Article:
2. Review genomics (though I’m going to include transcriptomes, proteomes, and metabolomes)–should have called the square ‘review -omics’
    3. Review statistics
    4. Landscape design (funny that I rolled this, as I’d already picked it out of the ‘bounce’ zone as something to work on this spring)
    5. Business development
    6. Public health
    7. ‘Rock Art of the American Southwest’
    8. Ancient India
    9. Ancient China
    10. Reading; while I rolled a ‘list’ of books to read–I will probably just go with whatever catches my attention
  3. Work on content development in the following areas:
    1. copywriting
    2. Blogging (science/medical education/communication; health/wellness; personal/professional development; hobbies/crafts, and travel)
    3. Science writing (‘short’ blog posts [~500-1000 words], ‘longer’ articles [~1000-2500 words], and ‘reviews’ [~2500-5000+ words])
    4. Creative writing (short stories, poetry, and so forth)
  4. Spirituality and Oracle cards
  5. Doodling and drawing
  6. Personal/professional brand development/management
  7. Refresh a foreign language
  8. Project management

Obviously I can’t do all of this at the same time—well I could, but I like sleeping too much…The end goals include: stretching my comfort zone, overcoming the writers block, transitioning into that first remote writing/data analysis position, and rediscovering who I am and what I really want to be doing with my life.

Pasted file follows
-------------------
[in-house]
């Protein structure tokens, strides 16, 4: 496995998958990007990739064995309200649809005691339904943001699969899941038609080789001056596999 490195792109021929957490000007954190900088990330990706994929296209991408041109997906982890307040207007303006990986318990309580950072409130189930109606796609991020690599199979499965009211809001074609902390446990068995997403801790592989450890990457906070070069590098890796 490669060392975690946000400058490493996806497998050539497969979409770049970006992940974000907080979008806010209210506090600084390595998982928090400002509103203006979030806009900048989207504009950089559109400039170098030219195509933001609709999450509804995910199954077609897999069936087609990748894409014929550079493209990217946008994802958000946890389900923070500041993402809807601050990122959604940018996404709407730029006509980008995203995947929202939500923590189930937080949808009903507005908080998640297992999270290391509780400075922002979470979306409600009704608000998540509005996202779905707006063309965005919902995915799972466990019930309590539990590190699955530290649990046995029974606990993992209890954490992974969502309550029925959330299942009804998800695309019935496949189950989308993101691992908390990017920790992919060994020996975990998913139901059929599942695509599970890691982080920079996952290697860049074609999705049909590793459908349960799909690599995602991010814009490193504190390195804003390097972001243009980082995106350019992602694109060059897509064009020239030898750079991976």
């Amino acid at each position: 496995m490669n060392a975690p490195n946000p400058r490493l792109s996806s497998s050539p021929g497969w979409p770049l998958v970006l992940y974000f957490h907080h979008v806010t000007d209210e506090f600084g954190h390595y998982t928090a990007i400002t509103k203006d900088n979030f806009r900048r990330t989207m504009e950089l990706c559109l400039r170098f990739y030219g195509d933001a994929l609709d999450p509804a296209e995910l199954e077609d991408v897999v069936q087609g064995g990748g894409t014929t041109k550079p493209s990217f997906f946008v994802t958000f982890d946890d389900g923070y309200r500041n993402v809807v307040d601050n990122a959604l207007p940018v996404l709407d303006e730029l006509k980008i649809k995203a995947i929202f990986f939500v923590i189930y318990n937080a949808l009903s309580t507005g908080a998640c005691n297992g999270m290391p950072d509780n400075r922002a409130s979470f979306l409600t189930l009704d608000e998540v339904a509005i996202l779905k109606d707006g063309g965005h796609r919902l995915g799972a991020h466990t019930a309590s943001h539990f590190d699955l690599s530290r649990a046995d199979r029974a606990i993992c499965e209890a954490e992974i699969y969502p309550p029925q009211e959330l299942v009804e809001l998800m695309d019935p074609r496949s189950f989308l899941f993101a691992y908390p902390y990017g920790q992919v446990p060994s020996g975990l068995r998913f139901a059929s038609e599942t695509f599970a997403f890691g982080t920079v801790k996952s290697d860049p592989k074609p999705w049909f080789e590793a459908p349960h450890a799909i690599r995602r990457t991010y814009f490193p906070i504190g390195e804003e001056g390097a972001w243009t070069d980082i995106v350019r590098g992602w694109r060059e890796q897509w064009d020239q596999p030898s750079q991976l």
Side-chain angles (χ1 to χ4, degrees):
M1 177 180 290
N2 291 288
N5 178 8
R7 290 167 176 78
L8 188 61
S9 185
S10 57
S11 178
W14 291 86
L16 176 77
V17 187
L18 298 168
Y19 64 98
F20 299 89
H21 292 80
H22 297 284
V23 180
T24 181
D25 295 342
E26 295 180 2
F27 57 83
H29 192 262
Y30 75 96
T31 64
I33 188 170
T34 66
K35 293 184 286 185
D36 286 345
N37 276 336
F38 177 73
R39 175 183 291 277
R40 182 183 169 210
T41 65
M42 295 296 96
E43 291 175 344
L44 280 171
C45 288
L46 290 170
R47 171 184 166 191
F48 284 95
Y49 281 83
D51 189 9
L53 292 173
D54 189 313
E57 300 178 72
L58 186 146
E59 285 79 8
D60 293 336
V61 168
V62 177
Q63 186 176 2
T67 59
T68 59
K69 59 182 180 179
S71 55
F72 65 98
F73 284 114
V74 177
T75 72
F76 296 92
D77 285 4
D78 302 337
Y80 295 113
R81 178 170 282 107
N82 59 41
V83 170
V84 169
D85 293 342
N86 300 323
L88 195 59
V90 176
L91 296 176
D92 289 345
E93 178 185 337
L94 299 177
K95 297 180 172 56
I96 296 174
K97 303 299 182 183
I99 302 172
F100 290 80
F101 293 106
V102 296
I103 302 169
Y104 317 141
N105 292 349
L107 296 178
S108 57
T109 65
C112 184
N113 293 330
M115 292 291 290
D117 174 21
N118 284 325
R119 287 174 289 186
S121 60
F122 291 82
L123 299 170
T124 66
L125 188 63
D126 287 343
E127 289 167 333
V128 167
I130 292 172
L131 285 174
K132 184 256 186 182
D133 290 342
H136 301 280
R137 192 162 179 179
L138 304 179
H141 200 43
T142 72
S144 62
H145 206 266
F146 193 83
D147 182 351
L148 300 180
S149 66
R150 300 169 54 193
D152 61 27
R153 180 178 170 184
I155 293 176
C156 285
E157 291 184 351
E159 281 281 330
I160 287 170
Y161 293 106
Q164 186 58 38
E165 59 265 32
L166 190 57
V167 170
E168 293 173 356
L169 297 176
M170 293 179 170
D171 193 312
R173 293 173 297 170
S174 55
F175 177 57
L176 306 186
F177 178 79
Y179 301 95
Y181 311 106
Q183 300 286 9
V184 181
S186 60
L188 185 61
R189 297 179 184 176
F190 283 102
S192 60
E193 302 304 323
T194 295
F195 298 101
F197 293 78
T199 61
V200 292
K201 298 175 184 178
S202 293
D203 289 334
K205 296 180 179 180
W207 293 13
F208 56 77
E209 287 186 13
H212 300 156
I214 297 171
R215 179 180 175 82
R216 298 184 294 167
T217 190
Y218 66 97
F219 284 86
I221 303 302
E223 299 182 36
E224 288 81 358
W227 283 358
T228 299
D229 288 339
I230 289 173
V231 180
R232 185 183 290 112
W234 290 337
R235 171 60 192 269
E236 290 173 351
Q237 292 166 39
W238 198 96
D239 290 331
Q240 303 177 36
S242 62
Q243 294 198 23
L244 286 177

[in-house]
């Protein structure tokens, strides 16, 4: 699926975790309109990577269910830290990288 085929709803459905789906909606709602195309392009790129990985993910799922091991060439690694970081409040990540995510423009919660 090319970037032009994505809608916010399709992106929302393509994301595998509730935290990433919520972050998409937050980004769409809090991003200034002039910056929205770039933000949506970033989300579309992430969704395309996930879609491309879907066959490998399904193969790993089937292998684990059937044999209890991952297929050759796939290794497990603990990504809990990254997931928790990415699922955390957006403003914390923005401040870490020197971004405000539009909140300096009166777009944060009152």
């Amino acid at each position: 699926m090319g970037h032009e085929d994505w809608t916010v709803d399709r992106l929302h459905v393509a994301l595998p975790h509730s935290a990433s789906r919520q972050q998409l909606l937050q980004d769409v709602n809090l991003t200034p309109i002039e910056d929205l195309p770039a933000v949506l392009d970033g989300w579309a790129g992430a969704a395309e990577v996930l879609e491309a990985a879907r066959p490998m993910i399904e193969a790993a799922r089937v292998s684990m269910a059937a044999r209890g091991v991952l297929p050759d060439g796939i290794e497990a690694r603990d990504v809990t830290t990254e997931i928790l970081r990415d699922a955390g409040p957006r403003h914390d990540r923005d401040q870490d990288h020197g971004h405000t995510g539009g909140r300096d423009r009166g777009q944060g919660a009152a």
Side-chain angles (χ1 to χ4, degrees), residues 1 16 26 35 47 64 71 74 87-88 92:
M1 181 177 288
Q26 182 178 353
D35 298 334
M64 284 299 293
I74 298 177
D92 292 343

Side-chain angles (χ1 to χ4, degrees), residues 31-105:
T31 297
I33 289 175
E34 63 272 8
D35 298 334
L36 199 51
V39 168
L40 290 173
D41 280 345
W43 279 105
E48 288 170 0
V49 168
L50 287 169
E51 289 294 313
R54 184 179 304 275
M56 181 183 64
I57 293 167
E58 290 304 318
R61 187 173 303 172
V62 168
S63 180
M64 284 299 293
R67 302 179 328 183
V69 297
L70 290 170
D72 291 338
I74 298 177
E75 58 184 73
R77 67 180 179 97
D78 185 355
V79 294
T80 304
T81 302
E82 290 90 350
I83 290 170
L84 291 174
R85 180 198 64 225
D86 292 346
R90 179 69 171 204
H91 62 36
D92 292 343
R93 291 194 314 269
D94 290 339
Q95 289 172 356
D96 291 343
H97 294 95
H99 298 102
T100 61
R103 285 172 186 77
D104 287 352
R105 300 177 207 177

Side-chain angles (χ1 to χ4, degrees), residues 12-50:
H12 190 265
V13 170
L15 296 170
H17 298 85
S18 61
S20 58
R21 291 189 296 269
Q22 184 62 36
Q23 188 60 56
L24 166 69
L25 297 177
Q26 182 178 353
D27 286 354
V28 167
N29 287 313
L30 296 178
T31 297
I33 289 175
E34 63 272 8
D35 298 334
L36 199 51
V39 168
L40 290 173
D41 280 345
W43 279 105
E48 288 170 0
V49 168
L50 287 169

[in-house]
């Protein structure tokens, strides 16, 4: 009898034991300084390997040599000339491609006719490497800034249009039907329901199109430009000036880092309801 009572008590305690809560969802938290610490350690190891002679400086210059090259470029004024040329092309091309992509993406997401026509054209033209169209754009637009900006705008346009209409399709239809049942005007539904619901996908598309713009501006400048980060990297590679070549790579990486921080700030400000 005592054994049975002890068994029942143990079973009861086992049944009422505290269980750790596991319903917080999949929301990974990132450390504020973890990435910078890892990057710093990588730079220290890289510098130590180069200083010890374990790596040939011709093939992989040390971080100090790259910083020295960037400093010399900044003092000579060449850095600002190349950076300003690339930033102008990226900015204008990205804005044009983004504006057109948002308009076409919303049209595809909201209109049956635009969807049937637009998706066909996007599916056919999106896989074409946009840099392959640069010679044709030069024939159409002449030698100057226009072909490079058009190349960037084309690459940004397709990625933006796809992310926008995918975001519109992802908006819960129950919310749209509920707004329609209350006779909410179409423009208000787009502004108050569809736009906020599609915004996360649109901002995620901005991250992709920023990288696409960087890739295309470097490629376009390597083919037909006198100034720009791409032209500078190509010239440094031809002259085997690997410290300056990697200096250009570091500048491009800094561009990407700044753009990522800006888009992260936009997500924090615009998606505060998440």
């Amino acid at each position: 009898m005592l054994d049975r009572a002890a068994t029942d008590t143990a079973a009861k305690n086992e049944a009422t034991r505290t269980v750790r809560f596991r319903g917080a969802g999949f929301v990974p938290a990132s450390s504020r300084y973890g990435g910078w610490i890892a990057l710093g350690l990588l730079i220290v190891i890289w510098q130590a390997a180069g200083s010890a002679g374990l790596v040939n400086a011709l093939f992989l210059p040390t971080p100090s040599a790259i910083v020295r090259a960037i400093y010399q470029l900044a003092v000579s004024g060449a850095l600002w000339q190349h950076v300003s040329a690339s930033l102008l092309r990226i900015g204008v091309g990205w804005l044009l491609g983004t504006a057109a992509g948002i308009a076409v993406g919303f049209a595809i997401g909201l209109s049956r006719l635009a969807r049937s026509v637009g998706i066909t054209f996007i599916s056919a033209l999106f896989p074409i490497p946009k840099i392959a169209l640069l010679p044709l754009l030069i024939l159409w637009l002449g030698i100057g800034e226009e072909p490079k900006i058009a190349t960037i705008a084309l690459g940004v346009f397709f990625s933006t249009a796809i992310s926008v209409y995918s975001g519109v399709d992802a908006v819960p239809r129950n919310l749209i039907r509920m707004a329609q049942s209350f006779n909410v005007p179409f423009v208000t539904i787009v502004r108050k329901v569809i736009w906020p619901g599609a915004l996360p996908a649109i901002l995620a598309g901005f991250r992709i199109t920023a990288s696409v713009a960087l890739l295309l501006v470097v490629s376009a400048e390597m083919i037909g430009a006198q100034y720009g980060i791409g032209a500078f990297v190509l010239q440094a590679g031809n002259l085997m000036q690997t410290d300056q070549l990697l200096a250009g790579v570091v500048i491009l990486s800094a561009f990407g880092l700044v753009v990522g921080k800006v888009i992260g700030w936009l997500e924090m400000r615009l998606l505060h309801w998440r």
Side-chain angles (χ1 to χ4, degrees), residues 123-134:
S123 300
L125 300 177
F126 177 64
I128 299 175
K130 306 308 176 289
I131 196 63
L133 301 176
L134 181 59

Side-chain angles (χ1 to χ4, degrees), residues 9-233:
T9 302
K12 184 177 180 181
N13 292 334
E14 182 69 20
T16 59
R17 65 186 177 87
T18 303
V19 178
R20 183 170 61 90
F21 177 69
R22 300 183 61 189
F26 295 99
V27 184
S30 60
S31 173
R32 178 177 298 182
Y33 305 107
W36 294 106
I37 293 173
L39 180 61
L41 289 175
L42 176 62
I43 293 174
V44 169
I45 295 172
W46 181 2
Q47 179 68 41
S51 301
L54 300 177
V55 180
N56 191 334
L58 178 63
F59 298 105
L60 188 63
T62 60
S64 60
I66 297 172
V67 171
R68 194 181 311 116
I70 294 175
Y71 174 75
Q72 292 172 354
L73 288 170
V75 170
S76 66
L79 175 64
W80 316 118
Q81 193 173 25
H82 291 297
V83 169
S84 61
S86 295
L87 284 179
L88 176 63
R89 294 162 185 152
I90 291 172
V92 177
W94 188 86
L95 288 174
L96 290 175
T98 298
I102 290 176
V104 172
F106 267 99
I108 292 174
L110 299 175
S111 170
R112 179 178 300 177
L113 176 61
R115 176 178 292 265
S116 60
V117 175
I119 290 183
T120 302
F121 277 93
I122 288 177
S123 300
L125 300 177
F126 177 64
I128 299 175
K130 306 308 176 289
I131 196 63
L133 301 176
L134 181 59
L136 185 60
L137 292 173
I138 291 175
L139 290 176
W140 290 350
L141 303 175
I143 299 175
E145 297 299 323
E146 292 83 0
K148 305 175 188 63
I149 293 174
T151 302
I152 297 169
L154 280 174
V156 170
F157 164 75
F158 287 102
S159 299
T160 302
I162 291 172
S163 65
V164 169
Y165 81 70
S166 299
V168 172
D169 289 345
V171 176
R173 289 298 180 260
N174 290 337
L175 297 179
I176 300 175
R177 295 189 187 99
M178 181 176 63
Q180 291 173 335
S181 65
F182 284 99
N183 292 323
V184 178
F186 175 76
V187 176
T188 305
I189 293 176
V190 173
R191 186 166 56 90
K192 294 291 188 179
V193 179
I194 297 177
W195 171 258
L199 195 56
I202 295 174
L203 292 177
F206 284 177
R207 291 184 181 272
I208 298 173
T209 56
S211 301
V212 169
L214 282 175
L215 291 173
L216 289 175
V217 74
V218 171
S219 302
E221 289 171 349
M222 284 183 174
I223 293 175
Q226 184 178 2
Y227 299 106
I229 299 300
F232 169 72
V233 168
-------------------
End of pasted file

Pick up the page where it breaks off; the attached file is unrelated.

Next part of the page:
Content development and project management can be tied in with all the other items on the list–and actually that has been one of the ‘bigger bottlenecks’ lately–writing. I’ve started at the screen more times than I want to admit, and I’ve stared at various science news emails more times that I want to admit over the past month or so–and have barely written a word. I haven’t shared an news article for probably two week (prior to today), and that wasn’t because I didn’t want to–but because the words didn’t wan to come…not hte greatest feeling when one is thinking of pivoting into a writing (and deadline) intensive direction…

I created a ‘brain-dump’ (or brainstorming list) of ideas for the three different niches I’m thinking of writing within:

‘Brain-dump’ or brainstorming list of topics to write/blog about

You might notice that the ‘list’ is longer within the science/medical subsection–and that is because that is my background. I have my PhD in biochemistry and molecular biology, and have spent basically two decades working within higher education research, and have at least an understanding of various fields.

The other two areas aren’t as ‘filled-out’, but as I continue to brainstorm ideas, or even look within one or two of the selections–I’m pretty certain I’ll be able to come up with more ideas to write about.

One of the fundamental questions that one is suppose to answer when thinking of blogging, copywriting, or even writing–is who is your audience? What question(s)/problem(s) are you wanting to help answer/solve?

I think that for me one of those answers is trying to improve science communication between the general public and the scientific community, and also trying to improve science education as well. None of the topics are inherently difficult–but can be considered difficult if they’re not explained properly and limiting the amount of scientific jargon one uses.